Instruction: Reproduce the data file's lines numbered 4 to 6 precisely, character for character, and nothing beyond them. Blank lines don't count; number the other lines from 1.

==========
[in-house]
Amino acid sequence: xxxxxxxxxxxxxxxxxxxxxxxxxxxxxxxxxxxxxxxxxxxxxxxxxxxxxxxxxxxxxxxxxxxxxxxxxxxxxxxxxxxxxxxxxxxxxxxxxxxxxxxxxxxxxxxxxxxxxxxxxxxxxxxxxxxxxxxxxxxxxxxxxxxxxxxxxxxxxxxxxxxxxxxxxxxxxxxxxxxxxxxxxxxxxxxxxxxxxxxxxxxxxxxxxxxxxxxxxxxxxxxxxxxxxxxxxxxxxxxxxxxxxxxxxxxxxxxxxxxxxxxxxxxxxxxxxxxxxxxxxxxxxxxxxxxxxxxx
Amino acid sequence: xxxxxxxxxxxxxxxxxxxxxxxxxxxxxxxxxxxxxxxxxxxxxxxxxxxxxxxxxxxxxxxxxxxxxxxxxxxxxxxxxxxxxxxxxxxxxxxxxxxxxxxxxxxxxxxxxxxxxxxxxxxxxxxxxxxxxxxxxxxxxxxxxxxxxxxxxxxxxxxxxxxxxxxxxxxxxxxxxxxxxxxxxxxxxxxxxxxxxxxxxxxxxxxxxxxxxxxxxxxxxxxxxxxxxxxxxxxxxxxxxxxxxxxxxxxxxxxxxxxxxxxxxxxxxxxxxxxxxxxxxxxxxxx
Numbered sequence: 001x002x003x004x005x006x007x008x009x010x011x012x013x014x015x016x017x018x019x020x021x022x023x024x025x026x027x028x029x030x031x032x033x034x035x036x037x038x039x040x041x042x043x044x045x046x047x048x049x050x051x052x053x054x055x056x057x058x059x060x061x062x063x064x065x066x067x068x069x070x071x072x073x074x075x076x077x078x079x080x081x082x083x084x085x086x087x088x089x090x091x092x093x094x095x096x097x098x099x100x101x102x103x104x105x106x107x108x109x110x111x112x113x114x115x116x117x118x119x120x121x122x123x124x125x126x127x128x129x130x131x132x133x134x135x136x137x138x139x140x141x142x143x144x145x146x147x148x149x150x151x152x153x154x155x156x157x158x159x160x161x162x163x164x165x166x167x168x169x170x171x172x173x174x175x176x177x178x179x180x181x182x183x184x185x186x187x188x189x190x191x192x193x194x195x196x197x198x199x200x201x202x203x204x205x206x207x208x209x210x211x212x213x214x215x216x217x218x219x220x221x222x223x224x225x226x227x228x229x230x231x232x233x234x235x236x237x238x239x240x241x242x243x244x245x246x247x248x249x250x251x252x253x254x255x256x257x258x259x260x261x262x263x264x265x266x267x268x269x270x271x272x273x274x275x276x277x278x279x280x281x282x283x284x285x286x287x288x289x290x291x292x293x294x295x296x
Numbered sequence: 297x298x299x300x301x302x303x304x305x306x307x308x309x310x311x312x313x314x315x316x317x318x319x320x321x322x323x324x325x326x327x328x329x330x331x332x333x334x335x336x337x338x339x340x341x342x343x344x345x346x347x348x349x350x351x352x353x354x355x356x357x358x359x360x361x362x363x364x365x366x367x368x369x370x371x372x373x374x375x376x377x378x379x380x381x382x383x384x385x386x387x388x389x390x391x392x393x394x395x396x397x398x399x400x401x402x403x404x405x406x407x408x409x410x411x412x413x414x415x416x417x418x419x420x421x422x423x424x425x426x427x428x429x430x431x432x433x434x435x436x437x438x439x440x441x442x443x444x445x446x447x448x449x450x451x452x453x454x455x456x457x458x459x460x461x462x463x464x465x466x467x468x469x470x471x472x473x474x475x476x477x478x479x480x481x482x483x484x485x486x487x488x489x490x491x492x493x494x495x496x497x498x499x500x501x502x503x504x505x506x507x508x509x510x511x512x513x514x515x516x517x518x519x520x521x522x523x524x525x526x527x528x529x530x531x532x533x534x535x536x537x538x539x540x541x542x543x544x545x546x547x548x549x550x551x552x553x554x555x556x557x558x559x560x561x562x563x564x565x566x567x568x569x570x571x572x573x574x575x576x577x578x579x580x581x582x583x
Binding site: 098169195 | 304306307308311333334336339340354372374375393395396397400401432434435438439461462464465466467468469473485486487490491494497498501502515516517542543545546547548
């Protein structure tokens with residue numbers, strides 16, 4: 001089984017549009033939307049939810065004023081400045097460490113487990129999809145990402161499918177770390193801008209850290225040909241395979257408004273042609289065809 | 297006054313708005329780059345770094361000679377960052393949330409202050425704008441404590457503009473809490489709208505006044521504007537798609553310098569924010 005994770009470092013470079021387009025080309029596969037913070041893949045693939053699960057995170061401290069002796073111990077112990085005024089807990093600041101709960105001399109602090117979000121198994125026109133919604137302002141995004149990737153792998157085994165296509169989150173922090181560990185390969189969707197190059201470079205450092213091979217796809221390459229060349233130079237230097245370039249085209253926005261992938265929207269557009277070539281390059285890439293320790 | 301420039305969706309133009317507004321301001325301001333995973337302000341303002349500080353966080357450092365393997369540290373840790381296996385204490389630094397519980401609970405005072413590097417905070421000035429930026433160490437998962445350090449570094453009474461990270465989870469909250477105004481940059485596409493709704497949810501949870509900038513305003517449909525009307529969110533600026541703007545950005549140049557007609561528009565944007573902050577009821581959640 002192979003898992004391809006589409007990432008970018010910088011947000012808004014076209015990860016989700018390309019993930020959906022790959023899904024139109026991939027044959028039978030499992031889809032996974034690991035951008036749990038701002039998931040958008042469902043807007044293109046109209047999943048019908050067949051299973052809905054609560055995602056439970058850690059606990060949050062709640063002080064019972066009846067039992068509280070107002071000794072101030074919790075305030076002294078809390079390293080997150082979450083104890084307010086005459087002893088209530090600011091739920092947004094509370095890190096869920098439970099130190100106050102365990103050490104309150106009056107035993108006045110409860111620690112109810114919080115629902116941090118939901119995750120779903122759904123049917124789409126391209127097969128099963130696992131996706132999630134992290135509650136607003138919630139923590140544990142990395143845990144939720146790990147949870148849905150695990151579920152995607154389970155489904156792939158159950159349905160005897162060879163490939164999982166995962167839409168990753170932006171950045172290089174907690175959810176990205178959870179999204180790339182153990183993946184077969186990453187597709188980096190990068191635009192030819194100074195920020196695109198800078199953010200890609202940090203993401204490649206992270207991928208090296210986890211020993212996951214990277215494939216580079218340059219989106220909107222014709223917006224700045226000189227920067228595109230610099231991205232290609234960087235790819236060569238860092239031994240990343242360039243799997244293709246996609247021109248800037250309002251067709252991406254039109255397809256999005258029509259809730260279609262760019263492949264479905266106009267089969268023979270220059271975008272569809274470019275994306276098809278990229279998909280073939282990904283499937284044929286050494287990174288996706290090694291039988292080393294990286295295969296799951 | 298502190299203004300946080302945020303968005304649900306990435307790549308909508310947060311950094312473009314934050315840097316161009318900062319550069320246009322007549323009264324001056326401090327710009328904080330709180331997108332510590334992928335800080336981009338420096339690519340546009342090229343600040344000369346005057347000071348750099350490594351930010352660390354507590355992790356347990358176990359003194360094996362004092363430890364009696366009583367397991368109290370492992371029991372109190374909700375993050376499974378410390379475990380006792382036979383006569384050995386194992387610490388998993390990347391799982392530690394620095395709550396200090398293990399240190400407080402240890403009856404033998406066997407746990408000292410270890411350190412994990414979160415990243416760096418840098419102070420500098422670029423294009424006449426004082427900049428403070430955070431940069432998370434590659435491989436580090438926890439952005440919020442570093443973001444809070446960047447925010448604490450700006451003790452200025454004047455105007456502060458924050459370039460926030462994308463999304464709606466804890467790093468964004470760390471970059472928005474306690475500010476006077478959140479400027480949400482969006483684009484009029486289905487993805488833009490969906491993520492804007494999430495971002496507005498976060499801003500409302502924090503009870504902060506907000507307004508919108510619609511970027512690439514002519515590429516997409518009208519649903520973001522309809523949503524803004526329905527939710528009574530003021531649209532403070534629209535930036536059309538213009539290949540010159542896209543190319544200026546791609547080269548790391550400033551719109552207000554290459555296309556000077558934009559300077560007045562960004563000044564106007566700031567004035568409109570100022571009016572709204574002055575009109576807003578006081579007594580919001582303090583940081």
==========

Numbered sequence: 001x002x003x004x005x006x007x008x009x010x011x012x013x014x015x016x017x018x019x020x021x022x023x024x025x026x027x028x029x030x031x032x033x034x035x036x037x038x039x040x041x042x043x044x045x046x047x048x049x050x051x052x053x054x055x056x057x058x059x060x061x062x063x064x065x066x067x068x069x070x071x072x073x074x075x076x077x078x079x080x081x082x083x084x085x086x087x088x089x090x091x092x093x094x095x096x097x098x099x100x101x102x103x104x105x106x107x108x109x110x111x112x113x114x115x116x117x118x119x120x121x122x123x124x125x126x127x128x129x130x131x132x133x134x135x136x137x138x139x140x141x142x143x144x145x146x147x148x149x150x151x152x153x154x155x156x157x158x159x160x161x162x163x164x165x166x167x168x169x170x171x172x173x174x175x176x177x178x179x180x181x182x183x184x185x186x187x188x189x190x191x192x193x194x195x196x197x198x199x200x201x202x203x204x205x206x207x208x209x210x211x212x213x214x215x216x217x218x219x220x221x222x223x224x225x226x227x228x229x230x231x232x233x234x235x236x237x238x239x240x241x242x243x244x245x246x247x248x249x250x251x252x253x254x255x256x257x258x259x260x261x262x263x264x265x266x267x268x269x270x271x272x273x274x275x276x277x278x279x280x281x282x283x284x285x286x287x288x289x290x291x292x293x294x295x296x
Numbered sequence: 297x298x299x300x301x302x303x304x305x306x307x308x309x310x311x312x313x314x315x316x317x318x319x320x321x322x323x324x325x326x327x328x329x330x331x332x333x334x335x336x337x338x339x340x341x342x343x344x345x346x347x348x349x350x351x352x353x354x355x356x357x358x359x360x361x362x363x364x365x366x367x368x369x370x371x372x373x374x375x376x377x378x379x380x381x382x383x384x385x386x387x388x389x390x391x392x393x394x395x396x397x398x399x400x401x402x403x404x405x406x407x408x409x410x411x412x413x414x415x416x417x418x419x420x421x422x423x424x425x426x427x428x429x430x431x432x433x434x435x436x437x438x439x440x441x442x443x444x445x446x447x448x449x450x451x452x453x454x455x456x457x458x459x460x461x462x463x464x465x466x467x468x469x470x471x472x473x474x475x476x477x478x479x480x481x482x483x484x485x486x487x488x489x490x491x492x493x494x495x496x497x498x499x500x501x502x503x504x505x506x507x508x509x510x511x512x513x514x515x516x517x518x519x520x521x522x523x524x525x526x527x528x529x530x531x532x533x534x535x536x537x538x539x540x541x542x543x544x545x546x547x548x549x550x551x552x553x554x555x556x557x558x559x560x561x562x563x564x565x566x567x568x569x570x571x572x573x574x575x576x577x578x579x580x581x582x583x
Binding site: 098169195 | 304306307308311333334336339340354372374375393395396397400401432434435438439461462464465466467468469473485486487490491494497498501502515516517542543545546547548